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Fight over sanctuary cities is also a fight over federalism


Over the last year, President Trump and Attorney General Jeff Sessions have waged an ongoing series of legal battles against “sanctuary” jurisdictions — cities, such as Seattle, and states that refuse to aid federal government efforts to deport undocumented immigrants. 

Sessions’ recently filed lawsuit targeting California’s sanctuary policies is just the latest iteration in this fight.

If the administration prevails, it will be a major blow to state and local autonomy in our constitutional system. Both left and right have good reason to fear such an outcome.

{mosads}Trump issued an executive order last January pulling virtually all federal grants from cities and states that violate 8 USC Section 1373, a federal law barring cities or states from forbidding their employees to divulge information to federal immigration enforcers about the citizenship status of people within their jurisdiction.


In July, Sessions announced a policy under which the Justice Department would deny Edward Byrne Memorial Justice Assistance Grants (approximately $275 million in 2016) to states and localities unless they meet three conditions: complying with Section 1373, giving the Department of Homeland Security (DHS) access to state detention facilities and giving DHS 48 hours notice of the release of any person whom DHS had asked the state to detain.

The main constitutional flaw in both policies is simple: Only Congress has the power to spend money or impose conditions on federal grants to states. And Congress never passed any laws mandating that recipients of grants must meet the conditions Trump and Sessions seek to impose.

That’s why the executive order and the Sessions policy have suffered a series of embarrassing defeats in federal court at the hands of both Republican and Democratic judges. 

If the administration wins these cases on appeal, it will set a dangerous precedent going far beyond the specific issue of sanctuary cities. If the president can unilaterally add new conditions to one federal grant program, he can do the same with others.

Since there is a vast array of federal grants, that would give the executive a massive club to coerce states and localities on a wide range of issues. Conservatives may cheer when the current administration uses this tool against sanctuary cities, but will likely regret their enthusiasm if a liberal Democratic president uses the same tactic to force states to pursue left-wing policies.

Section 1373 is likely unconstitutional even aside from its use as a grant condition. The Supreme Court has repeatedly ruled that the federal government may not “commandeer” state and local officials by compelling them to enforce federal law.

Section 1373 attempts to circumvent this prohibition by forbidding higher-level state officials from mandating that lower-level ones refuse to help enforce federal policy.

But, as Justice Antonin Scalia explained in Printz v. United States, the purpose of the anti-commandeering doctrine is the “[p]reservation of the States as… autonomous political entities.” That autonomy is undermined if the federal government can take away the states’ power to decide what their officials may do on the job.

If the courts ultimately uphold Section 1373, Congress could use similar tactics to compel state cooperation on a variety of other issues.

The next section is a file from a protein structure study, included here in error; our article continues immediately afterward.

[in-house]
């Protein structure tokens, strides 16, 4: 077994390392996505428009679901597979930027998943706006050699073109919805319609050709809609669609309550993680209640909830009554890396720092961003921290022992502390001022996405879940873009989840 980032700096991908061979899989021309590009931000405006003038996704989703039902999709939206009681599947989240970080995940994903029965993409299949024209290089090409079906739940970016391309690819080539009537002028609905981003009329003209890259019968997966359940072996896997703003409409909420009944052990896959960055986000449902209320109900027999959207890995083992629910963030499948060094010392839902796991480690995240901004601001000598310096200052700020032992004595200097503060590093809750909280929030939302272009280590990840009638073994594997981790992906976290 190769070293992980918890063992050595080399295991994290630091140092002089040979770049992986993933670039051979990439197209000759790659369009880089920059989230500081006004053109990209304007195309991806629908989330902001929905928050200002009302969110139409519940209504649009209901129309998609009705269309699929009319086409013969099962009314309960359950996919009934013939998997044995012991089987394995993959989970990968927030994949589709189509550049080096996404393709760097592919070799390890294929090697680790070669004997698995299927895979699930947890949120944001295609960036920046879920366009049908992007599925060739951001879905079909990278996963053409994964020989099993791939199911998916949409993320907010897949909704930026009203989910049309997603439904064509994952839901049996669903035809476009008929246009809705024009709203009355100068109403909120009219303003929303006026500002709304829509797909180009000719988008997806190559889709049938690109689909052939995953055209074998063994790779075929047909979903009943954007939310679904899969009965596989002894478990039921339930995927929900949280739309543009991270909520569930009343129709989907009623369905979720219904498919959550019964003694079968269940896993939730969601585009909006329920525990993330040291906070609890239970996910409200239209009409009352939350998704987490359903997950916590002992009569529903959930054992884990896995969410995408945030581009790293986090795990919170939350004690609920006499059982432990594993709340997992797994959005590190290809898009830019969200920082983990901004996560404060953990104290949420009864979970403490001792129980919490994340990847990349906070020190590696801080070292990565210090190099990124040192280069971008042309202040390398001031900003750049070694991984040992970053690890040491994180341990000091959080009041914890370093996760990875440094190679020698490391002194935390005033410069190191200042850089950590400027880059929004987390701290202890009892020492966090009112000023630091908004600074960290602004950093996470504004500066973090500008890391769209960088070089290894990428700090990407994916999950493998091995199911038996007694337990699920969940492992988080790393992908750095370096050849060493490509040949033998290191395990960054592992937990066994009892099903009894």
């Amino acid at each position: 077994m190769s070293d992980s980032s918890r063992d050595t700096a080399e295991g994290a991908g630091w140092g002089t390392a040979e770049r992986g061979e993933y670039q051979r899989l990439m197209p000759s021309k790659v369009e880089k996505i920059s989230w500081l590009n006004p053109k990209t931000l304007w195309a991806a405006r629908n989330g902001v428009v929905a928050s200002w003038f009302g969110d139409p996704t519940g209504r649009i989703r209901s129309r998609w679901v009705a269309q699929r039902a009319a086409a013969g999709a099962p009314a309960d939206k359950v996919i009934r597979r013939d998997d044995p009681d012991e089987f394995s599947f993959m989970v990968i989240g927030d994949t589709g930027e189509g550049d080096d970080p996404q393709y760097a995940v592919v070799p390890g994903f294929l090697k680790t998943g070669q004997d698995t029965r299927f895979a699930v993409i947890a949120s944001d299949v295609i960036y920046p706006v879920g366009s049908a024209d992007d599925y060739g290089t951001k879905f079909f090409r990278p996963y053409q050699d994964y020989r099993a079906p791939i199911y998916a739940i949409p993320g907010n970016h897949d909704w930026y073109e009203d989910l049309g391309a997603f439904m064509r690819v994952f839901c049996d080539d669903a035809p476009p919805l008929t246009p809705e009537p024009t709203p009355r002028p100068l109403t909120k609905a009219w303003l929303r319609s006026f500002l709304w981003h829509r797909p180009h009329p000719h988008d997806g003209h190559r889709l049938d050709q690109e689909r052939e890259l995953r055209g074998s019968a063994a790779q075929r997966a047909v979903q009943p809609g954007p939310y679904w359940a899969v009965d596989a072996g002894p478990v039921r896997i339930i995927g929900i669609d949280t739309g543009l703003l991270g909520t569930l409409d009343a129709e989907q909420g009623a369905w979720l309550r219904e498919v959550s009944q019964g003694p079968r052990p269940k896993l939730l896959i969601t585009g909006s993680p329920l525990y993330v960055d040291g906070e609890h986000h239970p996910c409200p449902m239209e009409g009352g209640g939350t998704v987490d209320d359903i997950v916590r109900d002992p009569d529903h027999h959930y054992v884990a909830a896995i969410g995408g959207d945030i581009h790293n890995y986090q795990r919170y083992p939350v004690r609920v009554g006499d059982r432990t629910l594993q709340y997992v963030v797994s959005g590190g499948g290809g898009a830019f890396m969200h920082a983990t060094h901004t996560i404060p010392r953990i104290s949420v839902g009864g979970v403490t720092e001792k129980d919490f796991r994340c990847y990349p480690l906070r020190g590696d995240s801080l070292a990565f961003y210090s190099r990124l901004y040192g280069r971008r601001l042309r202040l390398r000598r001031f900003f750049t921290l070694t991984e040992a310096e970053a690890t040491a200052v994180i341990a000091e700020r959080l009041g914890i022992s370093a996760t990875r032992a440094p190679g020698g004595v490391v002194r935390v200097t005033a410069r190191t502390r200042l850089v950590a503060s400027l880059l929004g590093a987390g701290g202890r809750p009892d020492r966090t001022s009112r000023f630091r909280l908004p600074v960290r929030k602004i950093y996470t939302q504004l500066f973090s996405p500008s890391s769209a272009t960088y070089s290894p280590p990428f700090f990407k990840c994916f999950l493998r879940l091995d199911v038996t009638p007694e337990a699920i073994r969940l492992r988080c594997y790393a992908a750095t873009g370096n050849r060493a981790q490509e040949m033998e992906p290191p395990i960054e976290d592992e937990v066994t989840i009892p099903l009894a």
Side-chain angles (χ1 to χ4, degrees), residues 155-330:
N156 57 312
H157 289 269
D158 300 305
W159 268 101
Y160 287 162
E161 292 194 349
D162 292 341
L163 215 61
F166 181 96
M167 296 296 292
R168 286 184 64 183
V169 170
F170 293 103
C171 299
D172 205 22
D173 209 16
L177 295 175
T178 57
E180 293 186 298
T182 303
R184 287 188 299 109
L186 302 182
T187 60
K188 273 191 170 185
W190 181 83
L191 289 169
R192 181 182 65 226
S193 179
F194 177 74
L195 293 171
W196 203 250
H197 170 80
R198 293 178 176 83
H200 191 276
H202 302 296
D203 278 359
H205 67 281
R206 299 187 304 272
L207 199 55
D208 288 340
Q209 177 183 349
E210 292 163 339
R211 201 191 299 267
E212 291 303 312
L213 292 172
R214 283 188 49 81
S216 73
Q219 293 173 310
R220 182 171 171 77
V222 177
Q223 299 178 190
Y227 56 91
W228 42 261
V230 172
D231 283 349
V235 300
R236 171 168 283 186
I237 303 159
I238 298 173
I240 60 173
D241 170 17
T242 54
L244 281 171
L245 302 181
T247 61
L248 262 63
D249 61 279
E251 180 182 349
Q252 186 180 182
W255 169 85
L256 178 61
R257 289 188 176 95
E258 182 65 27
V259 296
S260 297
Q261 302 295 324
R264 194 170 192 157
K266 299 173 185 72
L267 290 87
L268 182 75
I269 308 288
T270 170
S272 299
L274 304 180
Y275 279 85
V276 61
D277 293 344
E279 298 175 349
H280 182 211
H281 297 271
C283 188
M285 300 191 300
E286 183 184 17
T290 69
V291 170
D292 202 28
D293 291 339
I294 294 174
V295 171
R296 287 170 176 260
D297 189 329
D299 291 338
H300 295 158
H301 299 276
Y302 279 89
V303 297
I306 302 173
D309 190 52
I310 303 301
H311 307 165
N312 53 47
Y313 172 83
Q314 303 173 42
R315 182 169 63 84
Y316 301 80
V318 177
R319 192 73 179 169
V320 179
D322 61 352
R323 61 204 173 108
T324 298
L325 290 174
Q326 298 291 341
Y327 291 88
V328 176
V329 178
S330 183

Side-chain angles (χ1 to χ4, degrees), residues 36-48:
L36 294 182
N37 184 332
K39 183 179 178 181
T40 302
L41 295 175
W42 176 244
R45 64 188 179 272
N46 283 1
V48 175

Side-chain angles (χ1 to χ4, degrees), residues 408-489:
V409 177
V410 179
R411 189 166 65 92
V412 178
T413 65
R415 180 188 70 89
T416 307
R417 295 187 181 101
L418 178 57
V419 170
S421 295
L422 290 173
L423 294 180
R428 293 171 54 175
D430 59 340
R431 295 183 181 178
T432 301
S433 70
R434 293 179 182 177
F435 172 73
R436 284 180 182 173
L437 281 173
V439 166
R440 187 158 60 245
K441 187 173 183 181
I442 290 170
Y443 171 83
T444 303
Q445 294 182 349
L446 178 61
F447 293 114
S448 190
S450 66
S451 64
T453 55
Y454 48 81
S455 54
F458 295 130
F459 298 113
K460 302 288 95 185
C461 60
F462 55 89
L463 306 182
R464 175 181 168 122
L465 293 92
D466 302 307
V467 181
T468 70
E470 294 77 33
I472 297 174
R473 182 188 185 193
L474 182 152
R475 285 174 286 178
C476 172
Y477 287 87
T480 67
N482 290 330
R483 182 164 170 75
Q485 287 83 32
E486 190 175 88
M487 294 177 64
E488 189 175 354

The Sessions lawsuit against California’s sanctuary laws raises tougher issues than the conditional spending cases. One of the laws in question restricts government information-sharing with DHS. Its fate likely rests on the constitutionality of Section 1373.

The suit also challenges California Assembly Bill 103, which requires state inspections of facilities in California, where immigrants are detained by federal agents.

California surely has the right to inspect its own state and local government facilities, especially since there is a history of abusive treatment of detained immigrants. The case of privately owned detention facilities is tougher.

Finally, Sessions’ lawsuit targets Assembly Bill 450, which forbids private employers from cooperation with federal Immigrations and Customs Enforcement raids unless such cooperation is mandated by a court order or a specific federal law.

Sessions might prevail on these issues by claiming that the relevant state statutes are “preempted” by federal law. In Arizona v. United States (2012), the Supreme Court ruled that federal immigration laws often override state law even where there is no direct conflict.

But the Arizona decision also includes relevant language limiting the scope of preemption. A broad interpretation of preemption could limit state autonomy on many issues going beyond immigration policy.

The sanctuary cases represent a political role reversal: Liberal sanctuary jurisdictions are relying on federalism arguments traditionally associated with conservatives.

Right-wing defenders of the administration are arguing for sweeping notions of federal power, including by relying on a broad interpretation of Arizona v. United States, a ruling conservatives condemned at the time it came down.

Yet in a deeply divided nation, both left and right have much to gain from imposing tighter limits on federal power and allowing diversity to flourish at the state and local levels.

Ilya Somin is a law professor at George Mason University, and an adjunct scholar at the Cato Institute. He is the author of “Democracy and Political Ignorance: Why Smaller Government is Smarter.”

Tags Donald Trump Donald Trump Executive Order 13768 Government Illegal immigration to the United States Immigration Jeff Sessions Jeff Sessions Sanctuary city U.S. Immigration and Customs Enforcement United States United States Department of Homeland Security

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